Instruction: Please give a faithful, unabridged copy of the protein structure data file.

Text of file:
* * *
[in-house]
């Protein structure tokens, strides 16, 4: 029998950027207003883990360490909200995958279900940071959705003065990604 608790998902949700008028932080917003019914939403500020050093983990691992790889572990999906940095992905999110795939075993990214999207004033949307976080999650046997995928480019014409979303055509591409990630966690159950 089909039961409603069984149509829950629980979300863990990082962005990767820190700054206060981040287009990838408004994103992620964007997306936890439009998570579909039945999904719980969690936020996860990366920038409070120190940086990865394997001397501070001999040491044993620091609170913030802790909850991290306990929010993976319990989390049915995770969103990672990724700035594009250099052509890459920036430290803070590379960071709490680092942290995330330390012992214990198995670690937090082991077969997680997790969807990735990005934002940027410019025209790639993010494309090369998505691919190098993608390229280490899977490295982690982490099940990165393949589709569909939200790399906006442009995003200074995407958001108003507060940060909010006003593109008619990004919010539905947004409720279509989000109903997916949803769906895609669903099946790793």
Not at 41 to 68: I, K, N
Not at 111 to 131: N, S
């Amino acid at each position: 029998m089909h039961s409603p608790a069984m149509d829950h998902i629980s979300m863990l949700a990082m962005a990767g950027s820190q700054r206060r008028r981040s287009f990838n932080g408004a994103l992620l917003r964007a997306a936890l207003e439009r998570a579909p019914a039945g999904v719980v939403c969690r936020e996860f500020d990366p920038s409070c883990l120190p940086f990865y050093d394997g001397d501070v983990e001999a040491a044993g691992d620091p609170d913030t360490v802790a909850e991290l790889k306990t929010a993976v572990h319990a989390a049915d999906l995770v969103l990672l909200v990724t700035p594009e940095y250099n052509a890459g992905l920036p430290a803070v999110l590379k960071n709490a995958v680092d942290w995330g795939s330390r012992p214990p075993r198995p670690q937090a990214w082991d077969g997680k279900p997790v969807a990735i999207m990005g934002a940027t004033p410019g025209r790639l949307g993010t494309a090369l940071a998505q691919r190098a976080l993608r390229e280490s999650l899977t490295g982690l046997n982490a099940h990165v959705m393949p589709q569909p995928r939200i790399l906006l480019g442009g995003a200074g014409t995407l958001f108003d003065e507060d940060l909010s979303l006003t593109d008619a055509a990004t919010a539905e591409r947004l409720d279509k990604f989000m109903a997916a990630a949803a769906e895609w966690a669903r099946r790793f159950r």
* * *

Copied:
[in-house]
């Protein structure tokens, strides 16, 4: 029998950027207003883990360490909200995958279900940071959705003065990604 608790998902949700008028932080917003019914939403500020050093983990691992790889572990999906940095992905999110795939075993990214999207004033949307976080999650046997995928480019014409979303055509591409990630966690159950 089909039961409603069984149509829950629980979300863990990082962005990767820190700054206060981040287009990838408004994103992620964007997306936890439009998570579909039945999904719980969690936020996860990366920038409070120190940086990865394997001397501070001999040491044993620091609170913030802790909850991290306990929010993976319990989390049915995770969103990672990724700035594009250099052509890459920036430290803070590379960071709490680092942290995330330390012992214990198995670690937090082991077969997680997790969807990735990005934002940027410019025209790639993010494309090369998505691919190098993608390229280490899977490295982690982490099940990165393949589709569909939200790399906006442009995003200074995407958001108003507060940060909010006003593109008619990004919010539905947004409720279509989000109903997916949803769906895609669903099946790793």
Not at 41 to 68: I, K, N
Not at 111 to 131: N, S
């Amino acid at each position: 029998m089909h039961s409603p608790a069984m149509d829950h998902i629980s979300m863990l949700a990082m962005a990767g950027s820190q700054r206060r008028r981040s287009f990838n932080g408004a994103l992620l917003r964007a997306a936890l207003e439009r998570a579909p019914a039945g999904v719980v939403c969690r936020e996860f500020d990366p920038s409070c883990l120190p940086f990865y050093d394997g001397d501070v983990e001999a040491a044993g691992d620091p609170d913030t360490v802790a909850e991290l790889k306990t929010a993976v572990h319990a989390a049915d999906l995770v969103l990672l909200v990724t700035p594009e940095y250099n052509a890459g992905l920036p430290a803070v999110l590379k960071n709490a995958v680092d942290w995330g795939s330390r012992p214990p075993r198995p670690q937090a990214w082991d077969g997680k279900p997790v969807a990735i999207m990005g934002a940027t004033p410019g025209r790639l949307g993010t494309a090369l940071a998505q691919r190098a976080l993608r390229e280490s999650l899977t490295g982690l046997n982490a099940h990165v959705m393949p589709q569909p995928r939200i790399l906006l480019g442009g995003a200074g014409t995407l958001f108003d003065e507060d940060l909010s979303l006003t593109d008619a055509a990004t919010a539905e591409r947004l409720d279509k990604f989000m109903a997916a990630a949803a769906e895609w966690a669903r099946r790793f159950r």